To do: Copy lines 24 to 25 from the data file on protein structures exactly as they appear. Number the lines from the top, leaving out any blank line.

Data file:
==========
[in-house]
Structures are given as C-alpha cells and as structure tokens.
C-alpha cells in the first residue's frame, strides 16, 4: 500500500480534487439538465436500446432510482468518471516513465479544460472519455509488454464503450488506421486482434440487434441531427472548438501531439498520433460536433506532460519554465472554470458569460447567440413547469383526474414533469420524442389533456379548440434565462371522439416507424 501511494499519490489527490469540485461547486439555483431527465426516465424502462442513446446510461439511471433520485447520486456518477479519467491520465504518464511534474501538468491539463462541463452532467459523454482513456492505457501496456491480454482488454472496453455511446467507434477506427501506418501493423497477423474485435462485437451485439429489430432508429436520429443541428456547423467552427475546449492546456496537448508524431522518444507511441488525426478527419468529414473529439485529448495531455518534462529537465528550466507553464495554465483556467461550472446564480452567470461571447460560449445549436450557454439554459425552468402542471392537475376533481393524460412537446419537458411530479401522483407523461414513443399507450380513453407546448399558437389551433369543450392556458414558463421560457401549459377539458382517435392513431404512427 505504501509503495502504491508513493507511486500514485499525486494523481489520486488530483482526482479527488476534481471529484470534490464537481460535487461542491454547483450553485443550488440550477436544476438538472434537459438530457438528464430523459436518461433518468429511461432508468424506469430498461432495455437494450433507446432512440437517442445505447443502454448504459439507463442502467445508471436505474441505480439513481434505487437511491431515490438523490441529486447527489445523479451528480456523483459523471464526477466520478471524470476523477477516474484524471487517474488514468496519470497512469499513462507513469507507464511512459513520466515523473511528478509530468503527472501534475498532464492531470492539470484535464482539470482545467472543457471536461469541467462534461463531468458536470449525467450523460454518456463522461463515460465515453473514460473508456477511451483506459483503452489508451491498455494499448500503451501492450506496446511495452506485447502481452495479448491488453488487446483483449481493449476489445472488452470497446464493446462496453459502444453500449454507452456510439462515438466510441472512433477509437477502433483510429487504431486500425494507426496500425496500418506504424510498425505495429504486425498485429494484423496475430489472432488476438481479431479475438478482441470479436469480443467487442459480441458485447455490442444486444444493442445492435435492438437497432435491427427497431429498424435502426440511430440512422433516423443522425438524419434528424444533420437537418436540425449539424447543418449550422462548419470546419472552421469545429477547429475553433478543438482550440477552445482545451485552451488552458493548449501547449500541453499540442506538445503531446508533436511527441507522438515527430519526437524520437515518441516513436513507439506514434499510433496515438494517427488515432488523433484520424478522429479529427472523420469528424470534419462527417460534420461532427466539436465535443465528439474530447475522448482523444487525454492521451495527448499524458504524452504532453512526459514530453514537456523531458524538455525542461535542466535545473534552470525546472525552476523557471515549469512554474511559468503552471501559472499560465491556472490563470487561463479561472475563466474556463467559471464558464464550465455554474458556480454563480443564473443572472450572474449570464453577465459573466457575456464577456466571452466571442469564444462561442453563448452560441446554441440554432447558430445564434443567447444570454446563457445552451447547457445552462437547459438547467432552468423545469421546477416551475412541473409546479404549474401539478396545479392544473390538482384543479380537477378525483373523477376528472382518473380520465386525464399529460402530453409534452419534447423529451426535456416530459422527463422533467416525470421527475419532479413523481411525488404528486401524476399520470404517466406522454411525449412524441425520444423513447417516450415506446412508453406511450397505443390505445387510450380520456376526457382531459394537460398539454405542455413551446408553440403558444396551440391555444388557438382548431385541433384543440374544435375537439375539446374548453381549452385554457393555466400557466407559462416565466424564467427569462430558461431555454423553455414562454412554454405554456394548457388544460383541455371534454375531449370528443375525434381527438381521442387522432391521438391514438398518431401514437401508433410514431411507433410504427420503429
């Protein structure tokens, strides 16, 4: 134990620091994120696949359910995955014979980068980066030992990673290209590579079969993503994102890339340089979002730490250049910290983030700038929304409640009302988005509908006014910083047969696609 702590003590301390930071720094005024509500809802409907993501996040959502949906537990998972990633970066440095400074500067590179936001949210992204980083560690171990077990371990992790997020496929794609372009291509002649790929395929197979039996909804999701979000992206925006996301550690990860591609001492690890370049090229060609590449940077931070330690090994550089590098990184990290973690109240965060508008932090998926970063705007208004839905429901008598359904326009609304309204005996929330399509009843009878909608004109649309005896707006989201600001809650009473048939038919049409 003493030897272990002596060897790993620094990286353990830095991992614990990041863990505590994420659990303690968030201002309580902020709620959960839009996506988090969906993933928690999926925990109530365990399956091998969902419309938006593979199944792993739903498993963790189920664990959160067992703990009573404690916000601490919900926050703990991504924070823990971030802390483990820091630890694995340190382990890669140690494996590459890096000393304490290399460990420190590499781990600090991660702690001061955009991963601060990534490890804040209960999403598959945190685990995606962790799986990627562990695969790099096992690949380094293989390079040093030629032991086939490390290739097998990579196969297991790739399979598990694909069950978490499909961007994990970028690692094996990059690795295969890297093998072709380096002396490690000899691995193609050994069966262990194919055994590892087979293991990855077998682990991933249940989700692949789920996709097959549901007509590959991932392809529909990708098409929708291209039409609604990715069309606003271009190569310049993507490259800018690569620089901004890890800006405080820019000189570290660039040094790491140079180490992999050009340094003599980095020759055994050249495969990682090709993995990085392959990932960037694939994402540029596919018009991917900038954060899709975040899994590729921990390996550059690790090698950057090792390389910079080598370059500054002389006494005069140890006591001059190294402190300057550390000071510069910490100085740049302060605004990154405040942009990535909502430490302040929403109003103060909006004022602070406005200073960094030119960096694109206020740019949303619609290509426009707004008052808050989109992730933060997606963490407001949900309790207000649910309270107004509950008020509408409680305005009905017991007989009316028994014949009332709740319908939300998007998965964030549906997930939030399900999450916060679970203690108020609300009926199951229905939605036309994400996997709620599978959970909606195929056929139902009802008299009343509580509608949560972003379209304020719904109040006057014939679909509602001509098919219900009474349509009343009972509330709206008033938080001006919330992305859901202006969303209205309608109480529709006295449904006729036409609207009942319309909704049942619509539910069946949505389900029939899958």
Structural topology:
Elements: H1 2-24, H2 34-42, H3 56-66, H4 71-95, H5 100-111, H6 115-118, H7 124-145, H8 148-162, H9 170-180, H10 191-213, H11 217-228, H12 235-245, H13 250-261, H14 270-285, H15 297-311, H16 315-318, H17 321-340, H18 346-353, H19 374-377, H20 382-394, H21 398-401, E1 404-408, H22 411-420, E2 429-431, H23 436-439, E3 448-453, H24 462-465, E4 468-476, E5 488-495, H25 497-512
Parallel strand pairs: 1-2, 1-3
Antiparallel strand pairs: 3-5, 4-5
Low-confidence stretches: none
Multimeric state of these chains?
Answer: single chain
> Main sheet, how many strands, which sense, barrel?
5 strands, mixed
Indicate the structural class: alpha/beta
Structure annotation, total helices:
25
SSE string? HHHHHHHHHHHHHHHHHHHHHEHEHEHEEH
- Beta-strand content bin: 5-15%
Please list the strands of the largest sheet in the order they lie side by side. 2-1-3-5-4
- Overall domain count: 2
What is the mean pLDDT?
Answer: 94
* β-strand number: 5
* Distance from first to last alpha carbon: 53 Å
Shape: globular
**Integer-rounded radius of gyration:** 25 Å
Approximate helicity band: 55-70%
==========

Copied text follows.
* Distance from first to last alpha carbon: 53 Å
Shape: globular